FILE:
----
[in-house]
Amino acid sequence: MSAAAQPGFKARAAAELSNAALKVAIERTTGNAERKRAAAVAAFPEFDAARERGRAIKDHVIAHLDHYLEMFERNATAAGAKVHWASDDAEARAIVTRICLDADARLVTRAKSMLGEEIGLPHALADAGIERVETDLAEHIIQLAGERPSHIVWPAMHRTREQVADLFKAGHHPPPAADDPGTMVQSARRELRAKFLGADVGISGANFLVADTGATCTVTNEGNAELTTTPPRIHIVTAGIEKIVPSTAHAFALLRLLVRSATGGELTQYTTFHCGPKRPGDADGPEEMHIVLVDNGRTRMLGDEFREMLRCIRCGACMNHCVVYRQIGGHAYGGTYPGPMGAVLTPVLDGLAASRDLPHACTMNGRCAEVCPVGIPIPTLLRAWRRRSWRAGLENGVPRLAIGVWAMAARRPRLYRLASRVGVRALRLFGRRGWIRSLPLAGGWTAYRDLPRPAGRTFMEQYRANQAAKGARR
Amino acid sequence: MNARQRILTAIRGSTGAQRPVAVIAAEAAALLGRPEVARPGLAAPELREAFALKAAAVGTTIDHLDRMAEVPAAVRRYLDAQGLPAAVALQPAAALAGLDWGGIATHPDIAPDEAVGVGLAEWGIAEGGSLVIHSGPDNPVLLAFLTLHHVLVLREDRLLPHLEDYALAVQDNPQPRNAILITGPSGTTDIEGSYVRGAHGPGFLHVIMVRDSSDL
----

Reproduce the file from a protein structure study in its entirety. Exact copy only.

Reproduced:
[in-house]
Amino acid sequence: MSAAAQPGFKARAAAELSNAALKVAIERTTGNAERKRAAAVAAFPEFDAARERGRAIKDHVIAHLDHYLEMFERNATAAGAKVHWASDDAEARAIVTRICLDADARLVTRAKSMLGEEIGLPHALADAGIERVETDLAEHIIQLAGERPSHIVWPAMHRTREQVADLFKAGHHPPPAADDPGTMVQSARRELRAKFLGADVGISGANFLVADTGATCTVTNEGNAELTTTPPRIHIVTAGIEKIVPSTAHAFALLRLLVRSATGGELTQYTTFHCGPKRPGDADGPEEMHIVLVDNGRTRMLGDEFREMLRCIRCGACMNHCVVYRQIGGHAYGGTYPGPMGAVLTPVLDGLAASRDLPHACTMNGRCAEVCPVGIPIPTLLRAWRRRSWRAGLENGVPRLAIGVWAMAARRPRLYRLASRVGVRALRLFGRRGWIRSLPLAGGWTAYRDLPRPAGRTFMEQYRANQAAKGARR
Amino acid sequence: MNARQRILTAIRGSTGAQRPVAVIAAEAAALLGRPEVARPGLAAPELREAFALKAAAVGTTIDHLDRMAEVPAAVRRYLDAQGLPAAVALQPAAALAGLDWGGIATHPDIAPDEAVGVGLAEWGIAEGGSLVIHSGPDNPVLLAFLTLHHVLVLREDRLLPHLEDYALAVQDNPQPRNAILITGPSGTTDIEGSYVRGAHGPGFLHVIMVRDSSDL